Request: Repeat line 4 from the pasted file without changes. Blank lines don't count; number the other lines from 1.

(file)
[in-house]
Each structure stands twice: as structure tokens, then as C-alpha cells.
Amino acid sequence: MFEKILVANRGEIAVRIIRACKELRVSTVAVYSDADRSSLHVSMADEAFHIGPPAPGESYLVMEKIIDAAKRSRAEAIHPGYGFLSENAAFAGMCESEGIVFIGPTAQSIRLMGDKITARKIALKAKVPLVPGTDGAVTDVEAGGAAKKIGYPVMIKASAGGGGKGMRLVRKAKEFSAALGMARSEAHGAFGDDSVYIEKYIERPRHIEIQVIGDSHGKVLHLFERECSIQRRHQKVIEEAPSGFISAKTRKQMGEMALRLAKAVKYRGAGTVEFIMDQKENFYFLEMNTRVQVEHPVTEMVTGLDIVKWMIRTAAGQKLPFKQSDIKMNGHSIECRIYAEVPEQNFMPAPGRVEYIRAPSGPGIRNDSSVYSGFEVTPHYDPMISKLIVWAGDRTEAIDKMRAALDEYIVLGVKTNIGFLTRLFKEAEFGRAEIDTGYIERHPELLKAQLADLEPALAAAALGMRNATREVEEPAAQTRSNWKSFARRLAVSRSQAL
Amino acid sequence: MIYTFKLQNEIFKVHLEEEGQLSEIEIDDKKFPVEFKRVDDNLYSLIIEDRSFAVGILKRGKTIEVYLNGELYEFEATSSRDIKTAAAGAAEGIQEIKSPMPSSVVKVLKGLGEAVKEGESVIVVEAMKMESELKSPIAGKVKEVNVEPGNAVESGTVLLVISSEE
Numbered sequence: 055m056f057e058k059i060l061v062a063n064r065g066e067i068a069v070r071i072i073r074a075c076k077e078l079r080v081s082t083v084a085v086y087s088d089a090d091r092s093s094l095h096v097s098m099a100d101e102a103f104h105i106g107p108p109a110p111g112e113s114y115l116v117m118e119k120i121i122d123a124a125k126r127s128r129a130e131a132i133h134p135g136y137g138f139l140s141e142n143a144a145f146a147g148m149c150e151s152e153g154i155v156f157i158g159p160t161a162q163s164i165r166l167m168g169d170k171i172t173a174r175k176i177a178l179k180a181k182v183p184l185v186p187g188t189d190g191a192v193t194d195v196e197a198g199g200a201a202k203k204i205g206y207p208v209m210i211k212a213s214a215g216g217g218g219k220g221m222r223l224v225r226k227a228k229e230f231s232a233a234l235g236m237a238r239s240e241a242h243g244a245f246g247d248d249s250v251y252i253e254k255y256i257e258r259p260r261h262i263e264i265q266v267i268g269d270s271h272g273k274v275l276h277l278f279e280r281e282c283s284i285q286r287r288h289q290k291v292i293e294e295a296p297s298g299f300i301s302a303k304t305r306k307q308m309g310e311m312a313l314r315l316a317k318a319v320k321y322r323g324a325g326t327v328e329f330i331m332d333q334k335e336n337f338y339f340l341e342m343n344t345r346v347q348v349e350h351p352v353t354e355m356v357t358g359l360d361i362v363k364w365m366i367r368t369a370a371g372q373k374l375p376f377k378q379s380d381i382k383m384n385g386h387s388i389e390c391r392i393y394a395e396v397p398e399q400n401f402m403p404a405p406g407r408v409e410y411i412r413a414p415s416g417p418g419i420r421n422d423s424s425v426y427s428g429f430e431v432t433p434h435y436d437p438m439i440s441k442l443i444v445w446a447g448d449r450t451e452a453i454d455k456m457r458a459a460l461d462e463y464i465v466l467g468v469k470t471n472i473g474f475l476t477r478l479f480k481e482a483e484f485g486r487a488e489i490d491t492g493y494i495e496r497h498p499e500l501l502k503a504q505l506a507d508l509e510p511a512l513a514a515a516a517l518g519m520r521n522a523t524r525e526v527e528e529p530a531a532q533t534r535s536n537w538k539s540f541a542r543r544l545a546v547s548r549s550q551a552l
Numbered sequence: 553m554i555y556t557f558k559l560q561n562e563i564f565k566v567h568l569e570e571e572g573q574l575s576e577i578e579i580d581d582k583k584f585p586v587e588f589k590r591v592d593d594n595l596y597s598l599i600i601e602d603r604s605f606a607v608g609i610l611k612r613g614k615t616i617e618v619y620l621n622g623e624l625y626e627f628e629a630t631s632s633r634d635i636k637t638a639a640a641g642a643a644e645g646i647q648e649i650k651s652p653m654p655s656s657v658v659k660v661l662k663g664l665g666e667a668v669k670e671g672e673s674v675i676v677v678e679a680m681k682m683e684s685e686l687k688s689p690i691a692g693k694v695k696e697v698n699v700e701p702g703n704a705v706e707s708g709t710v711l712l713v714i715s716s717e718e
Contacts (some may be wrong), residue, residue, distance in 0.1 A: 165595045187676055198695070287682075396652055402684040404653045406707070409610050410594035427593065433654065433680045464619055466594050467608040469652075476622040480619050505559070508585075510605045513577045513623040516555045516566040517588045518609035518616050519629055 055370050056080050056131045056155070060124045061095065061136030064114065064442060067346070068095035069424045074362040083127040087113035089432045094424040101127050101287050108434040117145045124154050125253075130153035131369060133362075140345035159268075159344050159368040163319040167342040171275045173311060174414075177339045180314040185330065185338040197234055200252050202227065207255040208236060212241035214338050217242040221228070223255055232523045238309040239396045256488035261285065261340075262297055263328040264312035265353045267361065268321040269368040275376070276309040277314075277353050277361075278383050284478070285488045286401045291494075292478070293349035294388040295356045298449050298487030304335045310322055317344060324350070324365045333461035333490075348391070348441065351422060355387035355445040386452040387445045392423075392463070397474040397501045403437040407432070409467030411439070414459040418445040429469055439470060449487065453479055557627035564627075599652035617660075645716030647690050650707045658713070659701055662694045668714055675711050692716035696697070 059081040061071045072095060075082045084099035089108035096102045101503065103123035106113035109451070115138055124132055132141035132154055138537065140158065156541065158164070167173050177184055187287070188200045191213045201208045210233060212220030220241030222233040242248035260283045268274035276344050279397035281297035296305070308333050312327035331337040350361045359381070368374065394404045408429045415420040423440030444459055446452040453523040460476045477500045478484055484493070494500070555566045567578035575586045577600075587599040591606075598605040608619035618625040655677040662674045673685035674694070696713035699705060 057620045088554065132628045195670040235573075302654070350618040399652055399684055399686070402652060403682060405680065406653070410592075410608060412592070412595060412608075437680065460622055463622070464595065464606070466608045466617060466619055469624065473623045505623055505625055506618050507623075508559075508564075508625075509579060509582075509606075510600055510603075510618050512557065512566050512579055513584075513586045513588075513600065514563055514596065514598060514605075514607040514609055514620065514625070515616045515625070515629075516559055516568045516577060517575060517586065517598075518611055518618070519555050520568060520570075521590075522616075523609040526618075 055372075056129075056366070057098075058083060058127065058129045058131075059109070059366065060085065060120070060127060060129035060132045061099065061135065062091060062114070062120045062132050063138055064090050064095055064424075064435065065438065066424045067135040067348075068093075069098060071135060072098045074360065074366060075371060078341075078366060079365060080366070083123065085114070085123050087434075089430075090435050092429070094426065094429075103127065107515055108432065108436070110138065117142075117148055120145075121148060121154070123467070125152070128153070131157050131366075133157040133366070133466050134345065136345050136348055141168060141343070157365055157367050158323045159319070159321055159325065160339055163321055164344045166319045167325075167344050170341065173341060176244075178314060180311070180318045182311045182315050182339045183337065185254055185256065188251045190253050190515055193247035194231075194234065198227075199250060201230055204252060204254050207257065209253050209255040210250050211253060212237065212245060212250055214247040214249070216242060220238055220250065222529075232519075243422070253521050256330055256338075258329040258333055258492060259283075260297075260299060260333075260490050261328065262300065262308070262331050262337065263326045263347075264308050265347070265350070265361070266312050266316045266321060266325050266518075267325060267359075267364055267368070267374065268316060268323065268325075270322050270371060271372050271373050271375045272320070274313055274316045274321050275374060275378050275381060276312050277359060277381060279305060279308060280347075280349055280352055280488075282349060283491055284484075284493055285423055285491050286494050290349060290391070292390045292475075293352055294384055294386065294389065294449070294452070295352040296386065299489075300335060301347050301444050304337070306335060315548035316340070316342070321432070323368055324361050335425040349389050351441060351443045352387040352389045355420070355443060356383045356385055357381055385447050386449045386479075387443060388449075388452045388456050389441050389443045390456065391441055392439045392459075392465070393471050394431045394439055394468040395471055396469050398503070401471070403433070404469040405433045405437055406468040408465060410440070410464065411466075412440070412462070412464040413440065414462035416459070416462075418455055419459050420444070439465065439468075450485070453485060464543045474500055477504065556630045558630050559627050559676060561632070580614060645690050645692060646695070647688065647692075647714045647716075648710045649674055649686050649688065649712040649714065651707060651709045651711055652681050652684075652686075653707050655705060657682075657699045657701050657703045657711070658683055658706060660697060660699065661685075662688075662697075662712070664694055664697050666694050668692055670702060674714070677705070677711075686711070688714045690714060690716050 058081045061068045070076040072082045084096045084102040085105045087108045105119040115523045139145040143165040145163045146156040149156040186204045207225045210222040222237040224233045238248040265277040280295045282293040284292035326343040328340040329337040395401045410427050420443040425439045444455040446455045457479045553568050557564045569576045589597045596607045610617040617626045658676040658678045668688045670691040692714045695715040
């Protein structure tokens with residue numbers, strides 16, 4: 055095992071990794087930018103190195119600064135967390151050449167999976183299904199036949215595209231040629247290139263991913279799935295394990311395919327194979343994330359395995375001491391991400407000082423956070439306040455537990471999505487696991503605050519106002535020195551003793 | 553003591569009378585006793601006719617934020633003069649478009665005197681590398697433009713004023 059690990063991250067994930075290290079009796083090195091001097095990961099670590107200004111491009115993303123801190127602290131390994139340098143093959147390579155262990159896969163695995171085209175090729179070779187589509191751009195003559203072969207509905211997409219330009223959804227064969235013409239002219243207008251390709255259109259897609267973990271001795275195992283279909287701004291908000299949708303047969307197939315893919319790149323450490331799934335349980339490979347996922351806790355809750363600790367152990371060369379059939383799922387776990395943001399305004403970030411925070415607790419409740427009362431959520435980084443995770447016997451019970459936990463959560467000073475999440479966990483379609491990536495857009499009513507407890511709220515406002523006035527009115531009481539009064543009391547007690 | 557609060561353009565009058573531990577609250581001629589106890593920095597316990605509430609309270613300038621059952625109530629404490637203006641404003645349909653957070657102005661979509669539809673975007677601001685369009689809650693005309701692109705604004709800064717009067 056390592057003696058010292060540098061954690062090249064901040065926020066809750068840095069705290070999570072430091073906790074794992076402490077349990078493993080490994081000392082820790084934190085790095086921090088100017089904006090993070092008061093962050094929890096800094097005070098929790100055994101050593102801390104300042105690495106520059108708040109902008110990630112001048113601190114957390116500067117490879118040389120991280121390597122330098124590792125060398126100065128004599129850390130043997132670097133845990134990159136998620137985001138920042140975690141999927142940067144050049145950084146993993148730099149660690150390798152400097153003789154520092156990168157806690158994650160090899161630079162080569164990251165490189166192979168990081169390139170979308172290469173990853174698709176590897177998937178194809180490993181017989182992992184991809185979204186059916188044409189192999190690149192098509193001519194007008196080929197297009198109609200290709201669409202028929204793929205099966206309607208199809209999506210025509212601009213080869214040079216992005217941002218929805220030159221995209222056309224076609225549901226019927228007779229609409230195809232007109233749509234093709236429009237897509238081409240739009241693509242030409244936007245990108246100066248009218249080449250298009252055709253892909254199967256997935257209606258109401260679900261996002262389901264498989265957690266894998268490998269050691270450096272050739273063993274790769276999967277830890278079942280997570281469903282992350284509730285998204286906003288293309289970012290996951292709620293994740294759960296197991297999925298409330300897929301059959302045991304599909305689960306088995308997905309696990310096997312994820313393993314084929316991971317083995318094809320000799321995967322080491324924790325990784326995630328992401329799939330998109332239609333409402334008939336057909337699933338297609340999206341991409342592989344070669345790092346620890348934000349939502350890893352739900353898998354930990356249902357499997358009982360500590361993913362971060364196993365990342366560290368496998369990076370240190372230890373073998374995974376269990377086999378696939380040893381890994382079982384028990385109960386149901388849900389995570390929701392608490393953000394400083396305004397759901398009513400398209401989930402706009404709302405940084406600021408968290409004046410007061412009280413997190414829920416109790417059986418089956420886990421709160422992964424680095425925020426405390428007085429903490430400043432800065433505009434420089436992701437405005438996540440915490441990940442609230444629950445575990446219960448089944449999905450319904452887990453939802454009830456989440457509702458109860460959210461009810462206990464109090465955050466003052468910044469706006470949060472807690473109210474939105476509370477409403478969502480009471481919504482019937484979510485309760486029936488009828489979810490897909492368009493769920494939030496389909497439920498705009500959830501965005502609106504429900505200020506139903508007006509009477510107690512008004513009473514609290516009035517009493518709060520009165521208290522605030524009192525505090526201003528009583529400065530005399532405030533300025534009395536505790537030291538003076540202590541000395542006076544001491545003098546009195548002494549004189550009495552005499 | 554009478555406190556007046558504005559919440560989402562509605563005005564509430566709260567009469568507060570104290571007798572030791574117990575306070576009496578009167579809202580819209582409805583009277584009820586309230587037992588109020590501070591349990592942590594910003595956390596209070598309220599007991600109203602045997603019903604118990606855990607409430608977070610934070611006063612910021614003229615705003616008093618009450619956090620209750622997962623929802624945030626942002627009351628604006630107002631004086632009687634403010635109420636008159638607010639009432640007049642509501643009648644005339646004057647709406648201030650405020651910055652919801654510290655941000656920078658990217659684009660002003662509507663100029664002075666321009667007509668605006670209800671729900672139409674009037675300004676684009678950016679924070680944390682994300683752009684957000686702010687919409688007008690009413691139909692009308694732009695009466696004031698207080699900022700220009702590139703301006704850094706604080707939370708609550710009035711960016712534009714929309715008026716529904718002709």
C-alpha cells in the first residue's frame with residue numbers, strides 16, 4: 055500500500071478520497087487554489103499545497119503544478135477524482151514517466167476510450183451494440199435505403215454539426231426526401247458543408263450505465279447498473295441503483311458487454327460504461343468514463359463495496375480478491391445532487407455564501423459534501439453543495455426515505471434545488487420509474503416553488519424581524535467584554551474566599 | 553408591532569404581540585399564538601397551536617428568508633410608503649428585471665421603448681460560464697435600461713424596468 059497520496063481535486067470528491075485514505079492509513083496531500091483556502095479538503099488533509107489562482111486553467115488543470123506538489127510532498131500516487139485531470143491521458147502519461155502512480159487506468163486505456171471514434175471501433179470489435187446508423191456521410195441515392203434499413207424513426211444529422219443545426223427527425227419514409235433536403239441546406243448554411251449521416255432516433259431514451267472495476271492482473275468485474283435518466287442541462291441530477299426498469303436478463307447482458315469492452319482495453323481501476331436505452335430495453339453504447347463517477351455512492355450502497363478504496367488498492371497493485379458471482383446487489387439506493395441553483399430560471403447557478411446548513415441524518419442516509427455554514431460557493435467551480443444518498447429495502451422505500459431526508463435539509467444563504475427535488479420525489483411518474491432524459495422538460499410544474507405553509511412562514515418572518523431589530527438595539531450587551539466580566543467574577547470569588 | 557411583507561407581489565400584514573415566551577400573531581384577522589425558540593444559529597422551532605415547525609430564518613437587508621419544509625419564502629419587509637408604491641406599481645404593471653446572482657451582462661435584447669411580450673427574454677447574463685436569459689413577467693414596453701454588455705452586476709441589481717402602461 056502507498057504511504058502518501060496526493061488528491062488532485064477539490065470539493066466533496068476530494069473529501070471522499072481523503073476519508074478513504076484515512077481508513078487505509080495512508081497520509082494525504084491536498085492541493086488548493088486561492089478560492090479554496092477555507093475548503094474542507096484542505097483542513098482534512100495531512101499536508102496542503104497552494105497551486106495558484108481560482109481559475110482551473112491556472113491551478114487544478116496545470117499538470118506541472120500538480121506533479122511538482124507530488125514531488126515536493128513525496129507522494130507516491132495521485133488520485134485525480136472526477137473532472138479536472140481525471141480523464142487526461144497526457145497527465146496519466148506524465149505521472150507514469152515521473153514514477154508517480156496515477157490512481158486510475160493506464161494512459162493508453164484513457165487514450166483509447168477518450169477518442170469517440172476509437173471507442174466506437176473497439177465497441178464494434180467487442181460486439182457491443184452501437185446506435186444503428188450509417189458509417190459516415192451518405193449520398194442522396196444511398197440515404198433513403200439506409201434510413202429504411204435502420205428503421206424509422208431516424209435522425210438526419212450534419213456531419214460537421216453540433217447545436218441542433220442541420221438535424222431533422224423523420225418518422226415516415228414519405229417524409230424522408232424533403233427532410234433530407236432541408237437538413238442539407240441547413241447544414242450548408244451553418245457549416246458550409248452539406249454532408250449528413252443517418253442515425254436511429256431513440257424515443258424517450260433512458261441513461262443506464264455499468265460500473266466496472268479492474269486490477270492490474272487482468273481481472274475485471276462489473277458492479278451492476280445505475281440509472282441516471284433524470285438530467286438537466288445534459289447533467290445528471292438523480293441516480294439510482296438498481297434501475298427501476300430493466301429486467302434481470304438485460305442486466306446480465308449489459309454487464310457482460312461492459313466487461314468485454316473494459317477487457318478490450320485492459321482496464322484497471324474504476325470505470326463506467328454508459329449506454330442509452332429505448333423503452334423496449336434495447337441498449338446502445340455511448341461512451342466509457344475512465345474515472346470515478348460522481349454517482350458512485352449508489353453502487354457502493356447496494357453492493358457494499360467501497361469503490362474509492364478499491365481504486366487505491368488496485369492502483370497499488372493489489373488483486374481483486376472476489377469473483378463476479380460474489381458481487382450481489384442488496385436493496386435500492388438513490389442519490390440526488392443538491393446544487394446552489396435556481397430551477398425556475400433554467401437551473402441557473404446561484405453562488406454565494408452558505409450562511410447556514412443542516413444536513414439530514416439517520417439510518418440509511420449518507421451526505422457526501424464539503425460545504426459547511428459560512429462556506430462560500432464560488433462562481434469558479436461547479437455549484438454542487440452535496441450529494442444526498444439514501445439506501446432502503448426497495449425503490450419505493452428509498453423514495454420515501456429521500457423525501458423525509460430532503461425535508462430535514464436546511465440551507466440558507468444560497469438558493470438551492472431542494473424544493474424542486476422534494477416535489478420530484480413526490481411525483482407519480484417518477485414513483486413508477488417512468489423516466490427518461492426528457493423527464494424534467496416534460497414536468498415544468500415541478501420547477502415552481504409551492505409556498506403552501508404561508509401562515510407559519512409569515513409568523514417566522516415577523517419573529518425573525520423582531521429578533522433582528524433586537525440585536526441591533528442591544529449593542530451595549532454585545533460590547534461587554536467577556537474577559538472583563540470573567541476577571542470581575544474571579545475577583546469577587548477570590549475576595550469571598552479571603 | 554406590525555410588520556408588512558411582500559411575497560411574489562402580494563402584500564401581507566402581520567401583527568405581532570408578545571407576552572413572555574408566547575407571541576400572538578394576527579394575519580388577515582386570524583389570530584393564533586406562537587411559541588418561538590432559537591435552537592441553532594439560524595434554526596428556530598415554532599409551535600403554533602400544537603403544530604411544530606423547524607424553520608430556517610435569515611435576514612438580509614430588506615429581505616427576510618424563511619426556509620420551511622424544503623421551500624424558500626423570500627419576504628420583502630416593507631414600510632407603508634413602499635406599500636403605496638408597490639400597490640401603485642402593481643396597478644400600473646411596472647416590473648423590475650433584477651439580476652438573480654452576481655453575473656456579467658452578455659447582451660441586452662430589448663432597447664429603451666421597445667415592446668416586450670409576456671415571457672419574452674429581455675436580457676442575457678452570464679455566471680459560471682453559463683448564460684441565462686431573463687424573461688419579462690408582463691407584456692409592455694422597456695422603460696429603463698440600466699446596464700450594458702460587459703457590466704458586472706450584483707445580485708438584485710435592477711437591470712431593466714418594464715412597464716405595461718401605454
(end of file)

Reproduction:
Amino acid sequence: MIYTFKLQNEIFKVHLEEEGQLSEIEIDDKKFPVEFKRVDDNLYSLIIEDRSFAVGILKRGKTIEVYLNGELYEFEATSSRDIKTAAAGAAEGIQEIKSPMPSSVVKVLKGLGEAVKEGESVIVVEAMKMESELKSPIAGKVKEVNVEPGNAVESGTVLLVISSEE